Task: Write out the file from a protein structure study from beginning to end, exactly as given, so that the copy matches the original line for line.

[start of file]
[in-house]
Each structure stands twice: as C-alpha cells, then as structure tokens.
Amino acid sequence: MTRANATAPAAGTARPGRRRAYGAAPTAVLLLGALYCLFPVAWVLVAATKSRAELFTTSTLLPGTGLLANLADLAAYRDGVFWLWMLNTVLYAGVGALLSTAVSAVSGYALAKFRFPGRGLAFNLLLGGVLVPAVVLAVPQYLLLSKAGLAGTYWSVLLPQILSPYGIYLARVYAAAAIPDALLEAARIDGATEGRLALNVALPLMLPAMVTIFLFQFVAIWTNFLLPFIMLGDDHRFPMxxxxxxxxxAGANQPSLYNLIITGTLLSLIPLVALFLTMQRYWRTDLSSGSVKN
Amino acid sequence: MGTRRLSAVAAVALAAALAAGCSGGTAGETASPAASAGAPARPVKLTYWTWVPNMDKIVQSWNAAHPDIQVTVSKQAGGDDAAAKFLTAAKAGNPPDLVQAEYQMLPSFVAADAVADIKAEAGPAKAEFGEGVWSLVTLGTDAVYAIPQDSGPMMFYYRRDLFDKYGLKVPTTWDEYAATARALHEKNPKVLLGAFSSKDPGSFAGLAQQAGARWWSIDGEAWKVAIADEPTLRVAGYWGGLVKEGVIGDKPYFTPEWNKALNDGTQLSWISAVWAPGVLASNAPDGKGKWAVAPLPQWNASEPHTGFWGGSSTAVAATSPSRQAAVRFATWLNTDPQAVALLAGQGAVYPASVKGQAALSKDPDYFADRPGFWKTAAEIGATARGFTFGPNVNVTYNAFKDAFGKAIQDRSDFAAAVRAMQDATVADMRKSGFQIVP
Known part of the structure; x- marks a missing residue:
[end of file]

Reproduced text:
[in-house]
Each structure stands twice: as C-alpha cells, then as structure tokens.
Amino acid sequence: MTRANATAPAAGTARPGRRRAYGAAPTAVLLLGALYCLFPVAWVLVAATKSRAELFTTSTLLPGTGLLANLADLAAYRDGVFWLWMLNTVLYAGVGALLSTAVSAVSGYALAKFRFPGRGLAFNLLLGGVLVPAVVLAVPQYLLLSKAGLAGTYWSVLLPQILSPYGIYLARVYAAAAIPDALLEAARIDGATEGRLALNVALPLMLPAMVTIFLFQFVAIWTNFLLPFIMLGDDHRFPMxxxxxxxxxAGANQPSLYNLIITGTLLSLIPLVALFLTMQRYWRTDLSSGSVKN
Amino acid sequence: MGTRRLSAVAAVALAAALAAGCSGGTAGETASPAASAGAPARPVKLTYWTWVPNMDKIVQSWNAAHPDIQVTVSKQAGGDDAAAKFLTAAKAGNPPDLVQAEYQMLPSFVAADAVADIKAEAGPAKAEFGEGVWSLVTLGTDAVYAIPQDSGPMMFYYRRDLFDKYGLKVPTTWDEYAATARALHEKNPKVLLGAFSSKDPGSFAGLAQQAGARWWSIDGEAWKVAIADEPTLRVAGYWGGLVKEGVIGDKPYFTPEWNKALNDGTQLSWISAVWAPGVLASNAPDGKGKWAVAPLPQWNASEPHTGFWGGSSTAVAATSPSRQAAVRFATWLNTDPQAVALLAGQGAVYPASVKGQAALSKDPDYFADRPGFWKTAAEIGATARGFTFGPNVNVTYNAFKDAFGKAIQDRSDFAAAVRAMQDATVADMRKSGFQIVP
Known part of the structure; x- marks a missing residue: